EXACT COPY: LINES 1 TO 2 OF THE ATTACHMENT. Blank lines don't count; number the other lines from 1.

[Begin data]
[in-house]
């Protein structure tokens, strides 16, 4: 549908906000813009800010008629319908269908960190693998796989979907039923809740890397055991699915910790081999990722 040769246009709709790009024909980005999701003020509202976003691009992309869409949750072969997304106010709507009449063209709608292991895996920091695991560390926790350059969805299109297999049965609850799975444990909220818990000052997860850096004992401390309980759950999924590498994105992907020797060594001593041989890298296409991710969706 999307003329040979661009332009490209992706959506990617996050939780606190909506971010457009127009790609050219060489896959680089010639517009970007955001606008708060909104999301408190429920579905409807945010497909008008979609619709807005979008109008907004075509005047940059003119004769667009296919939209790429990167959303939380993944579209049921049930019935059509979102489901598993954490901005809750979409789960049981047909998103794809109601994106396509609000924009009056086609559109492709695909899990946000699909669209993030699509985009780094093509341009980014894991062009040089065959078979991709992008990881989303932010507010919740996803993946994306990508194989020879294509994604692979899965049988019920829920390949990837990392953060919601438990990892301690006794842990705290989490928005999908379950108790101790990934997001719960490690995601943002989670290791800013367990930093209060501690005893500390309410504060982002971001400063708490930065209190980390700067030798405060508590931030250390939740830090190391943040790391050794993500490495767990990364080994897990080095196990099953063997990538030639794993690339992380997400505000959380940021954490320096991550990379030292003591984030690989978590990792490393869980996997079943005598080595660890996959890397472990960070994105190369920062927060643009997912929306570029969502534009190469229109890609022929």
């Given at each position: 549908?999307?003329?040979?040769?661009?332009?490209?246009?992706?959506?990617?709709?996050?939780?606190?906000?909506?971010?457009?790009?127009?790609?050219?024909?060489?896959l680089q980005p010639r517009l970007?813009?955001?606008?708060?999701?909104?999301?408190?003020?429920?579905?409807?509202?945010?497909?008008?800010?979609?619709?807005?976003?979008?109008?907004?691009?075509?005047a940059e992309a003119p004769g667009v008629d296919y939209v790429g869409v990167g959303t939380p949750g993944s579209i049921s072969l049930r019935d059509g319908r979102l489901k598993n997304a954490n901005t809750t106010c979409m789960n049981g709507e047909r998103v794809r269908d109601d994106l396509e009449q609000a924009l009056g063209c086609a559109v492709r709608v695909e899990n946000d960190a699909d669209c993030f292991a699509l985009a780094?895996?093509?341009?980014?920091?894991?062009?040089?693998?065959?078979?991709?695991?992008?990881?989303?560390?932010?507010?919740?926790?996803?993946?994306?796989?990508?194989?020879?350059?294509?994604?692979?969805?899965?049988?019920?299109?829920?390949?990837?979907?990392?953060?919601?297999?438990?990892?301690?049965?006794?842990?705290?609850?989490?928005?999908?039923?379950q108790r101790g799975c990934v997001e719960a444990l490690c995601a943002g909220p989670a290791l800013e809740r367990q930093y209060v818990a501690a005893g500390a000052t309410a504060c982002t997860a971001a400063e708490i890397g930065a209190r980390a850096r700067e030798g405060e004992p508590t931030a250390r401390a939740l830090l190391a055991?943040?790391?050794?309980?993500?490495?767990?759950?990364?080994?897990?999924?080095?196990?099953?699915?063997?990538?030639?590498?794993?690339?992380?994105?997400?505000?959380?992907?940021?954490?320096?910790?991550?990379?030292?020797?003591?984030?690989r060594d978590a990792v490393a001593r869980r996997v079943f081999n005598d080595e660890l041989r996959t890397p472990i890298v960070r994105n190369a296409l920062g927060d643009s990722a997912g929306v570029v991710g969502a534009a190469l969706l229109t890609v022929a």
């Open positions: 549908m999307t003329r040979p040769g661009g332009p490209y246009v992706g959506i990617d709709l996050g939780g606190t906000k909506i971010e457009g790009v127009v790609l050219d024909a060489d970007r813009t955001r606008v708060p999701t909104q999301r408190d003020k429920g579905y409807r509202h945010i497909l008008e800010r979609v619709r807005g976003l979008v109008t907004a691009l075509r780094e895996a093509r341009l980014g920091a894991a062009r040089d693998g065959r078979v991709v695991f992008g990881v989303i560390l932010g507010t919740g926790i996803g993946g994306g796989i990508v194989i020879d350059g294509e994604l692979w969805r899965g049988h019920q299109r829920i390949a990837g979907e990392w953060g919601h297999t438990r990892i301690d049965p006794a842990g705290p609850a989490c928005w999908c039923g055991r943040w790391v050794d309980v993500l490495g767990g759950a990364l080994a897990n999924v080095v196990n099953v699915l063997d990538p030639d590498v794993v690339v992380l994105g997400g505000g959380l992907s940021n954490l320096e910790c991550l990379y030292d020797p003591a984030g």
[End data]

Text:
[in-house]
């Protein structure tokens, strides 16, 4: 549908906000813009800010008629319908269908960190693998796989979907039923809740890397055991699915910790081999990722 040769246009709709790009024909980005999701003020509202976003691009992309869409949750072969997304106010709507009449063209709608292991895996920091695991560390926790350059969805299109297999049965609850799975444990909220818990000052997860850096004992401390309980759950999924590498994105992907020797060594001593041989890298296409991710969706 999307003329040979661009332009490209992706959506990617996050939780606190909506971010457009127009790609050219060489896959680089010639517009970007955001606008708060909104999301408190429920579905409807945010497909008008979609619709807005979008109008907004075509005047940059003119004769667009296919939209790429990167959303939380993944579209049921049930019935059509979102489901598993954490901005809750979409789960049981047909998103794809109601994106396509609000924009009056086609559109492709695909899990946000699909669209993030699509985009780094093509341009980014894991062009040089065959078979991709992008990881989303932010507010919740996803993946994306990508194989020879294509994604692979899965049988019920829920390949990837990392953060919601438990990892301690006794842990705290989490928005999908379950108790101790990934997001719960490690995601943002989670290791800013367990930093209060501690005893500390309410504060982002971001400063708490930065209190980390700067030798405060508590931030250390939740830090190391943040790391050794993500490495767990990364080994897990080095196990099953063997990538030639794993690339992380997400505000959380940021954490320096991550990379030292003591984030690989978590990792490393869980996997079943005598080595660890996959890397472990960070994105190369920062927060643009997912929306570029969502534009190469229109890609022929």